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... illusions were quickly shattered. In the event, Ireland’s first representatives in Paris were Sean T. O’Kelly and George Gavan Duffy. O’Kelly, who had been a member of Dublin Corporation for many years, represented the Dáil Government in Paris from 1919 until his dismissal in 1922, but also spent a brief period in Rome in the summer of 1920. He was ...

Demented Brothers

Declan Kiberd: William Trevor, 8 March 2001

The Hill Bachelors 
by William Trevor.
Viking, 245 pp., £15.99, October 2000, 0 670 89256 4
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... in Ireland has made an unexpected comeback. Earlier generations – that of Frank O’Connor and Sean O’Faolain and, before them, of George Moore and James Joyce – had established it as the quintessential genre for a society still in the process of inventing itself. If the novel dealt with established societies such as England or France, the theory ...

With Bit and Bridle

Matthew Kelly: 18th-Century Ireland, 5 August 2010

Eighteenth-Century Ireland: The Isle of Slaves 
by Ian McBride.
Gill and Macmillan, 563 pp., £19.99, October 2009, 978 0 7171 1627 0
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... Catholic and absolutist, landed at Kinsale on the south coast of Ireland with a substantial French force. He had fled England a few months before when William and Mary had been declared joint sovereigns – the so-called ‘Glorious Revolution’. In April, the House of Commons responded by voting for war with France. Initially, that war, which would ...

At the Venice Biennale

Alice Spawls: All the World’s Futures, 18 June 2015

... in 1907, followed by Hungary, Britain and Bavaria (now the German pavilion) in 1909, and the French and Swedish pavilions in 1912 (the latter was given to the Netherlands when the Swedes failed to pay). After the First World War came Spain, Czechoslovakia, the US, Greece and Austria and the site was expanded across the canal to incorporate the gardens of ...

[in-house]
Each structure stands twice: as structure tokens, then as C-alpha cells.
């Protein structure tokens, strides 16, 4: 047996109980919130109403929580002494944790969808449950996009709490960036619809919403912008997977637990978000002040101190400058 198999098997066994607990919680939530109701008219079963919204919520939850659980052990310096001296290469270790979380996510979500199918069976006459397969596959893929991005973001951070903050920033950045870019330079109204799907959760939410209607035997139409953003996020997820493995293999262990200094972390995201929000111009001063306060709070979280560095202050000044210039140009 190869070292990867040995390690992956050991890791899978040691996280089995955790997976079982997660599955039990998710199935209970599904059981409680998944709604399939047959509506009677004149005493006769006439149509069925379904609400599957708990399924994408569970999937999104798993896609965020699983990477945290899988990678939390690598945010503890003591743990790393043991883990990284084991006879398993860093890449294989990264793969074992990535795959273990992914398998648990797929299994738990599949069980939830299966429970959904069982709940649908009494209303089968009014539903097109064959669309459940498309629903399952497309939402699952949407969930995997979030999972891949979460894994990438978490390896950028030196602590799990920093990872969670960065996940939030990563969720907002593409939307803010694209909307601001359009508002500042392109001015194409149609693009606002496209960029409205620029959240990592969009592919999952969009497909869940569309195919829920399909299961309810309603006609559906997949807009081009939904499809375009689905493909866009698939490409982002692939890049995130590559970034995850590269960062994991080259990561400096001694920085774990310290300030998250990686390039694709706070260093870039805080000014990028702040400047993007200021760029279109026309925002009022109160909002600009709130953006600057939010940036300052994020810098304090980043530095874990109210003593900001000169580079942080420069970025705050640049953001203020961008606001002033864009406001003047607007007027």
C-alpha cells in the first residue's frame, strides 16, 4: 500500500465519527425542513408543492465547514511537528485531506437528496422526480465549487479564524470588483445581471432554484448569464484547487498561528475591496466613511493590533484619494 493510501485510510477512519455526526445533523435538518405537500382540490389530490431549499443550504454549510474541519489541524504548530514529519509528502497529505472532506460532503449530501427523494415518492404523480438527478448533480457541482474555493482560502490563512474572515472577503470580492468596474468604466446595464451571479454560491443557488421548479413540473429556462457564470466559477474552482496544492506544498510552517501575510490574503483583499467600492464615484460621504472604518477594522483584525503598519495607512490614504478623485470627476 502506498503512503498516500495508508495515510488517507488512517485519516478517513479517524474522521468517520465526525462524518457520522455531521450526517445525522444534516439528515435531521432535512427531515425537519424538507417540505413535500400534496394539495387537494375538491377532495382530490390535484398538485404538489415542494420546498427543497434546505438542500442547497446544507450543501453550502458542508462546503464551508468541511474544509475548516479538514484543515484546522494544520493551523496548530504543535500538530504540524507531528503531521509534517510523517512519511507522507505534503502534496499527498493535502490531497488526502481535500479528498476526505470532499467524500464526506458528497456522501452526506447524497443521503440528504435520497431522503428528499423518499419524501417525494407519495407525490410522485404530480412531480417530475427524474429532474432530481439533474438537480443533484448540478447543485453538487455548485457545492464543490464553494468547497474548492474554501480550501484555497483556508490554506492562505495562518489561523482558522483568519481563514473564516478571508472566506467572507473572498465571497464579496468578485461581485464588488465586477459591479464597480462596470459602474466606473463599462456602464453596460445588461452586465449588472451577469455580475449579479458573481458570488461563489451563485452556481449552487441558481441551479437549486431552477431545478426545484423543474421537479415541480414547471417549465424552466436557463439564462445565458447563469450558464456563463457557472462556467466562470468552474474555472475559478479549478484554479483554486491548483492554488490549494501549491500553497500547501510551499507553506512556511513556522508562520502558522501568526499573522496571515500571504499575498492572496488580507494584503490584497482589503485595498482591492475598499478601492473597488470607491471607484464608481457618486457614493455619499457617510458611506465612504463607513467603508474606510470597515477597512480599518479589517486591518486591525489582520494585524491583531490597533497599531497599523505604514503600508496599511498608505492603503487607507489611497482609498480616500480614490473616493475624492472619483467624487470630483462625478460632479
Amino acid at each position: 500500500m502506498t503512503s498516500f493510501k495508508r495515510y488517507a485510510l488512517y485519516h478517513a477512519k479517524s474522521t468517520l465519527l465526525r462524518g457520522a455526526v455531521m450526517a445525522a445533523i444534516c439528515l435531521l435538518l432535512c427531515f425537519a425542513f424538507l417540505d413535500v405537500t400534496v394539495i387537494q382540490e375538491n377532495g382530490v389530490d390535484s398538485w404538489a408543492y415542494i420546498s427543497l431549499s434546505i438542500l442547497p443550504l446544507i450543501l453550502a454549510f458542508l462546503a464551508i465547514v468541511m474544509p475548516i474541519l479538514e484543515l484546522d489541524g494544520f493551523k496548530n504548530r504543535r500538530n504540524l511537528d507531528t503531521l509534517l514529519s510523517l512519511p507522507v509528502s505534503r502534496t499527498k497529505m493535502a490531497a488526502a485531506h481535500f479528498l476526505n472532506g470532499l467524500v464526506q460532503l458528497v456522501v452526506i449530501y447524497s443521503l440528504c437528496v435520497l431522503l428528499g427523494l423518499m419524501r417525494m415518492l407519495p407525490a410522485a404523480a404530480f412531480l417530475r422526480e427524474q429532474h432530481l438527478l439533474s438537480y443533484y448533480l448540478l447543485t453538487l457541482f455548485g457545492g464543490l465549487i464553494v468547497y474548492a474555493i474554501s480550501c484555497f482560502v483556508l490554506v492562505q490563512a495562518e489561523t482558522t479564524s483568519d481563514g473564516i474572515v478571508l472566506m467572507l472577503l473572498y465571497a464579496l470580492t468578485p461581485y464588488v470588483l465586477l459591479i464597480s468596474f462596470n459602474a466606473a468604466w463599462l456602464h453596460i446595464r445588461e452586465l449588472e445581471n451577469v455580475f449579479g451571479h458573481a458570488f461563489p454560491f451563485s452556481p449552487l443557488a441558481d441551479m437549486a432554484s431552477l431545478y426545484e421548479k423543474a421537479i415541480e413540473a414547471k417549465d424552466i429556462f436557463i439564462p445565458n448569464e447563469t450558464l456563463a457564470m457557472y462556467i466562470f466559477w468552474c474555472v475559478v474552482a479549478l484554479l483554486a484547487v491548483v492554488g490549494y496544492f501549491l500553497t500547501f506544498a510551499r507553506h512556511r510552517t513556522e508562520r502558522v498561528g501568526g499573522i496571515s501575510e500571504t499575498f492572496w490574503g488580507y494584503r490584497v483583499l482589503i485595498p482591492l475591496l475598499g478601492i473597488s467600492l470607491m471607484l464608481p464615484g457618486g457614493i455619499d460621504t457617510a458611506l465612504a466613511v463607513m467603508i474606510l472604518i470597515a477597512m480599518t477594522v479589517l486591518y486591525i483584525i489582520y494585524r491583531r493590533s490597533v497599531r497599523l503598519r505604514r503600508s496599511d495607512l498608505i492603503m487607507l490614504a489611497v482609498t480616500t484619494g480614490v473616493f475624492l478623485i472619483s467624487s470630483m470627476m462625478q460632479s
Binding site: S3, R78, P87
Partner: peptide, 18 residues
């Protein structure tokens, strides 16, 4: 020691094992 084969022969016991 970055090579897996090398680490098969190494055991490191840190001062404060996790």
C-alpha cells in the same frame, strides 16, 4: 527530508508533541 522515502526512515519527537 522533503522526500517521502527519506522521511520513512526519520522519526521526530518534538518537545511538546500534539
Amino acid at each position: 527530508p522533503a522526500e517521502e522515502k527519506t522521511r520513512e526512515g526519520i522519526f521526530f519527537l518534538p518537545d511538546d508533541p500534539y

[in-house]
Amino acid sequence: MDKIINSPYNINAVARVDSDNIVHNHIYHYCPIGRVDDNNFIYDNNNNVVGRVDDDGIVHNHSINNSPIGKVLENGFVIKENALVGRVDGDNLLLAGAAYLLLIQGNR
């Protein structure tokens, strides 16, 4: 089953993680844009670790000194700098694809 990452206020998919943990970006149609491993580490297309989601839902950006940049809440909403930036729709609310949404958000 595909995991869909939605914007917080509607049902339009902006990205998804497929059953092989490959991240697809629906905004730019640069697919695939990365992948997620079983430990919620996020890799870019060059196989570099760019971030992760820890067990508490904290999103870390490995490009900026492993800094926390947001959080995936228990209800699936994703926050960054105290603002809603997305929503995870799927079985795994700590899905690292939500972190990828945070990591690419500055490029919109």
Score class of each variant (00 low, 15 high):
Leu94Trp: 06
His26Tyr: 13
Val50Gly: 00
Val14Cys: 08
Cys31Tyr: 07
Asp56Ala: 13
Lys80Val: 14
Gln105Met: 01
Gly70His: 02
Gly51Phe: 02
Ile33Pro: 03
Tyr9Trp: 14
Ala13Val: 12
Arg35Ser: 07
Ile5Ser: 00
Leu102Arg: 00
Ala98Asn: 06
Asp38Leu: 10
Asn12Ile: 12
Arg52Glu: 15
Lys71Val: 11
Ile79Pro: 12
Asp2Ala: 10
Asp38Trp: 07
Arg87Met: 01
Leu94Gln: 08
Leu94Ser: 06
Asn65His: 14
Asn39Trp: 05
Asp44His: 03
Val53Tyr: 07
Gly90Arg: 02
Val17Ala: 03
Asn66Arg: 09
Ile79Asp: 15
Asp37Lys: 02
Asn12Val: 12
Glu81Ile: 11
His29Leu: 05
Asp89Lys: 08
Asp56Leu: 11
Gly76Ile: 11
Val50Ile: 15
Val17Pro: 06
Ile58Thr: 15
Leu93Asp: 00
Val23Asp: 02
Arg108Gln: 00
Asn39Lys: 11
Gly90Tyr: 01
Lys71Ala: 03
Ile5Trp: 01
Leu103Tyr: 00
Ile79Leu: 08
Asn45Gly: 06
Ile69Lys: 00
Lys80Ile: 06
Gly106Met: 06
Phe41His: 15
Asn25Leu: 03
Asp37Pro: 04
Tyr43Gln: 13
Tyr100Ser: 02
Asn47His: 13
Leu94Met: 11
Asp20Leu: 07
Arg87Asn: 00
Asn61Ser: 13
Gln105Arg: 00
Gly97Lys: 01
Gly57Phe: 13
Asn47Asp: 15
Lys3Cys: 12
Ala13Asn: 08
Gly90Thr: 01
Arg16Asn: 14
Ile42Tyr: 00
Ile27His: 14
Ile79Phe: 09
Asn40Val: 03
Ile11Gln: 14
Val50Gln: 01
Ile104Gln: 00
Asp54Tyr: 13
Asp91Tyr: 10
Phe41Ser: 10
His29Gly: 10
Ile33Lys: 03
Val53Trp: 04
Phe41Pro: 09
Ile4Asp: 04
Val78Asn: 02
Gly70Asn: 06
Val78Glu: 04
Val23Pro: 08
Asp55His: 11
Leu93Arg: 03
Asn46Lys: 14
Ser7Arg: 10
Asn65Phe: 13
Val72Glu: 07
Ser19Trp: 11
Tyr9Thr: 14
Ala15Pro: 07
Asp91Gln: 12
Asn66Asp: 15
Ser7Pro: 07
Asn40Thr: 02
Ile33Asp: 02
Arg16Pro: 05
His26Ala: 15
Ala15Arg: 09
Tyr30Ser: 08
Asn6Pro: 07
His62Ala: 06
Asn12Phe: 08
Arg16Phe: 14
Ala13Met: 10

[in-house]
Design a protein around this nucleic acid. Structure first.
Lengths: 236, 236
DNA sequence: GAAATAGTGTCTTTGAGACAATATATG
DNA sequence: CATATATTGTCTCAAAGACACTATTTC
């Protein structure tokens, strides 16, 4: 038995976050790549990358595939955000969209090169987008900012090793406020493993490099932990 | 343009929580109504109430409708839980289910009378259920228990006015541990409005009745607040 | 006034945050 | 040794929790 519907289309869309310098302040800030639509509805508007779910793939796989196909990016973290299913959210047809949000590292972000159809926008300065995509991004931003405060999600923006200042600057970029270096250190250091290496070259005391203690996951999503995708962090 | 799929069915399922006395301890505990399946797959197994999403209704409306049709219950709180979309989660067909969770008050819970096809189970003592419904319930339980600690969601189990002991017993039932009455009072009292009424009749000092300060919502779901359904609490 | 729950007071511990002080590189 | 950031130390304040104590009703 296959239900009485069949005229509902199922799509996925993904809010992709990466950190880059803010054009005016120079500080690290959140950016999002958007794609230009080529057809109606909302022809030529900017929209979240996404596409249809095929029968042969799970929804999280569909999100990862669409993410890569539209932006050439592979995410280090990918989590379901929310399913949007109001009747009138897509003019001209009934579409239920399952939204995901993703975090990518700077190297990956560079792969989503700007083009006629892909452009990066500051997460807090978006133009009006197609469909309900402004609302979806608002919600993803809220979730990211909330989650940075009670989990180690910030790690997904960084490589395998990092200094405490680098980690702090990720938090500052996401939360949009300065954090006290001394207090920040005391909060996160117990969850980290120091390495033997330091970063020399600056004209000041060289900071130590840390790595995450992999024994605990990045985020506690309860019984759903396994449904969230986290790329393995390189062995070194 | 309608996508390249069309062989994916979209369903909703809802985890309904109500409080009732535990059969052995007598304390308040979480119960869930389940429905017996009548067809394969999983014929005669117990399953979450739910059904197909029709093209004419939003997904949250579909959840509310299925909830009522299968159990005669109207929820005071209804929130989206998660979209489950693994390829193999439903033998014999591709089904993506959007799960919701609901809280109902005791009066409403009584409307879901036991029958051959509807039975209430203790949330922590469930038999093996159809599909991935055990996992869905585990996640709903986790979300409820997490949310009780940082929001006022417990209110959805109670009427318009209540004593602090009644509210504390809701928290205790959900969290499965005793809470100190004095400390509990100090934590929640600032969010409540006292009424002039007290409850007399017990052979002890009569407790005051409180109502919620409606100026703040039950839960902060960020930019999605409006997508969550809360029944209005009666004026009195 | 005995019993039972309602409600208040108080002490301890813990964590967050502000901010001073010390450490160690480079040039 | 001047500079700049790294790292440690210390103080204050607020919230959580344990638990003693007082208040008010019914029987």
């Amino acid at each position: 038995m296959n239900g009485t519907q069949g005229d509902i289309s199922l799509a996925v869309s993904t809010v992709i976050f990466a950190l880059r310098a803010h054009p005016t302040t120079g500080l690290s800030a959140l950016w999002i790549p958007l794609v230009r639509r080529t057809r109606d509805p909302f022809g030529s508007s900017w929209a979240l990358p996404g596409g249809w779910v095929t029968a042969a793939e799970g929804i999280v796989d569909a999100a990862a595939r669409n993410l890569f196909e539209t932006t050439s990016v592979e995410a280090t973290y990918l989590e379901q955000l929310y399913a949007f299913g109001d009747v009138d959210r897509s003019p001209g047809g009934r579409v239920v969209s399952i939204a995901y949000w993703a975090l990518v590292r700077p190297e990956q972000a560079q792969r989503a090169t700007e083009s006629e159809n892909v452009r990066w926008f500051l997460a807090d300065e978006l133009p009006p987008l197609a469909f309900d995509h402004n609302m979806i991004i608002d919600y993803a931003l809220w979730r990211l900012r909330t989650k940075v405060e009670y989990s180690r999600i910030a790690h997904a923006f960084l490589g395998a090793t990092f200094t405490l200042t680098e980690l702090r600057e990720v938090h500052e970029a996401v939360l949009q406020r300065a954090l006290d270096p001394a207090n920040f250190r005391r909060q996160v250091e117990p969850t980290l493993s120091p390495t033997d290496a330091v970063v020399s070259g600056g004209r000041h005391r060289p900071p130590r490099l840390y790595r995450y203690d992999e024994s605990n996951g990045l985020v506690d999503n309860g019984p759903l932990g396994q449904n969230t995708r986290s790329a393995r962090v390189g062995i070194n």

What’s Left?

Sheila Fitzpatrick: The Russian Revolution, 30 March 2017

October: The Story of the Russian Revolution 
by China Miéville.
Verso, 358 pp., £18.99, May 2017, 978 1 78478 280 1
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The Russian Revolution 1905-1921 
by Mark D. Steinberg.
Oxford, 388 pp., £19.99, February 2017, 978 0 19 922762 4
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Russia in Revolution: An Empire in Crisis, 1890 to 1928 
by S.A. Smith.
Oxford, 455 pp., £25, January 2017, 978 0 19 873482 6
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The Russian Revolution: A New History 
by Sean McMeekin.
Basic, 496 pp., $30, May 2017, 978 0 465 03990 6
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Historically Inevitable? Turning Points of the Russian Revolution 
by Tony Brenton.
Profile, 364 pp., £25, June 2016, 978 1 78125 021 1
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... century. Its practical impact on the world was ‘far more profound and global’ than that of the French Revolution a century earlier: for ‘a mere thirty to forty years after Lenin’s arrival at the Finland Station in Petrograd, one third of humanity found itself living under regimes directly derived from the [revolution] … and Lenin’s organisational ...